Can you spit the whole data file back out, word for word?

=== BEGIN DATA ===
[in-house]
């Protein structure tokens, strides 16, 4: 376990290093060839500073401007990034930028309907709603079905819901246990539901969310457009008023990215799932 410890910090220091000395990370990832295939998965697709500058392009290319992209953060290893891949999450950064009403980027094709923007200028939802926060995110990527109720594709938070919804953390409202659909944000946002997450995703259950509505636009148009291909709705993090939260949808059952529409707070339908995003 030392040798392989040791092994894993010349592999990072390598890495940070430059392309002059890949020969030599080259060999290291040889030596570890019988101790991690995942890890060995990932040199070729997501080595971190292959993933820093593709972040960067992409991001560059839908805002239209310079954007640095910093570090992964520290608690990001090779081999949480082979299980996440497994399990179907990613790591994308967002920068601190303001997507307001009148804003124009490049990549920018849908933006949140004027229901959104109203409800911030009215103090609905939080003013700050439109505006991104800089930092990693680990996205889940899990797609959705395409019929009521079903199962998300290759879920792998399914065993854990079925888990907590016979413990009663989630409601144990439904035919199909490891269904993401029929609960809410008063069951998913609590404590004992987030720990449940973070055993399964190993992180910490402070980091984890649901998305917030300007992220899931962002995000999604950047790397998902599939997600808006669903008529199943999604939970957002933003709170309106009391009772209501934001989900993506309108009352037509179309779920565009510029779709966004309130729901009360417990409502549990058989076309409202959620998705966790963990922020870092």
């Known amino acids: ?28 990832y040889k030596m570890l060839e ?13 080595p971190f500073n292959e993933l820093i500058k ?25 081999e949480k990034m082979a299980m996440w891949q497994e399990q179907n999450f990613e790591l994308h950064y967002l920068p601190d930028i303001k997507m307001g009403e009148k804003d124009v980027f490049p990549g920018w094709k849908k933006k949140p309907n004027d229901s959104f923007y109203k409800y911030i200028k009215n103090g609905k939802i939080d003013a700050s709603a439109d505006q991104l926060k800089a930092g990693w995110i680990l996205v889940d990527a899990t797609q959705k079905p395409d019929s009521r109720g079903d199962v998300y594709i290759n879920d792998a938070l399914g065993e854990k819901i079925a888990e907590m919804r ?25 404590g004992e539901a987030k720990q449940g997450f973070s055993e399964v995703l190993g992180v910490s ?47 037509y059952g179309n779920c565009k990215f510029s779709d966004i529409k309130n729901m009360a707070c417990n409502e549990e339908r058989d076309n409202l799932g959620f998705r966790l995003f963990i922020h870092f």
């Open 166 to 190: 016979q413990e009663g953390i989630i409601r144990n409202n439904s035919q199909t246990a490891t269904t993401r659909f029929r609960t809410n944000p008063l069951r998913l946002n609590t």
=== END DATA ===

[in-house]
């Protein structure tokens, strides 16, 4: 376990290093060839500073401007990034930028309907709603079905819901246990539901969310457009008023990215799932 410890910090220091000395990370990832295939998965697709500058392009290319992209953060290893891949999450950064009403980027094709923007200028939802926060995110990527109720594709938070919804953390409202659909944000946002997450995703259950509505636009148009291909709705993090939260949808059952529409707070339908995003 030392040798392989040791092994894993010349592999990072390598890495940070430059392309002059890949020969030599080259060999290291040889030596570890019988101790991690995942890890060995990932040199070729997501080595971190292959993933820093593709972040960067992409991001560059839908805002239209310079954007640095910093570090992964520290608690990001090779081999949480082979299980996440497994399990179907990613790591994308967002920068601190303001997507307001009148804003124009490049990549920018849908933006949140004027229901959104109203409800911030009215103090609905939080003013700050439109505006991104800089930092990693680990996205889940899990797609959705395409019929009521079903199962998300290759879920792998399914065993854990079925888990907590016979413990009663989630409601144990439904035919199909490891269904993401029929609960809410008063069951998913609590404590004992987030720990449940973070055993399964190993992180910490402070980091984890649901998305917030300007992220899931962002995000999604950047790397998902599939997600808006669903008529199943999604939970957002933003709170309106009391009772209501934001989900993506309108009352037509179309779920565009510029779709966004309130729901009360417990409502549990058989076309409202959620998705966790963990922020870092």
């Known amino acids: ?28 990832y040889k030596m570890l060839e ?13 080595p971190f500073n292959e993933l820093i500058k ?25 081999e949480k990034m082979a299980m996440w891949q497994e399990q179907n999450f990613e790591l994308h950064y967002l920068p601190d930028i303001k997507m307001g009403e009148k804003d124009v980027f490049p990549g920018w094709k849908k933006k949140p309907n004027d229901s959104f923007y109203k409800y911030i200028k009215n103090g609905k939802i939080d003013a700050s709603a439109d505006q991104l926060k800089a930092g990693w995110i680990l996205v889940d990527a899990t797609q959705k079905p395409d019929s009521r109720g079903d199962v998300y594709i290759n879920d792998a938070l399914g065993e854990k819901i079925a888990e907590m919804r ?25 404590g004992e539901a987030k720990q449940g997450f973070s055993e399964v995703l190993g992180v910490s ?47 037509y059952g179309n779920c565009k990215f510029s779709d966004i529409k309130n729901m009360a707070c417990n409502e549990e339908r058989d076309n409202l799932g959620f998705r966790l995003f963990i922020h870092f």
């Open 166 to 190: 016979q413990e009663g953390i989630i409601r144990n409202n439904s035919q199909t246990a490891t269904t993401r659909f029929r609960t809410n944000p008063l069951r998913l946002n609590t």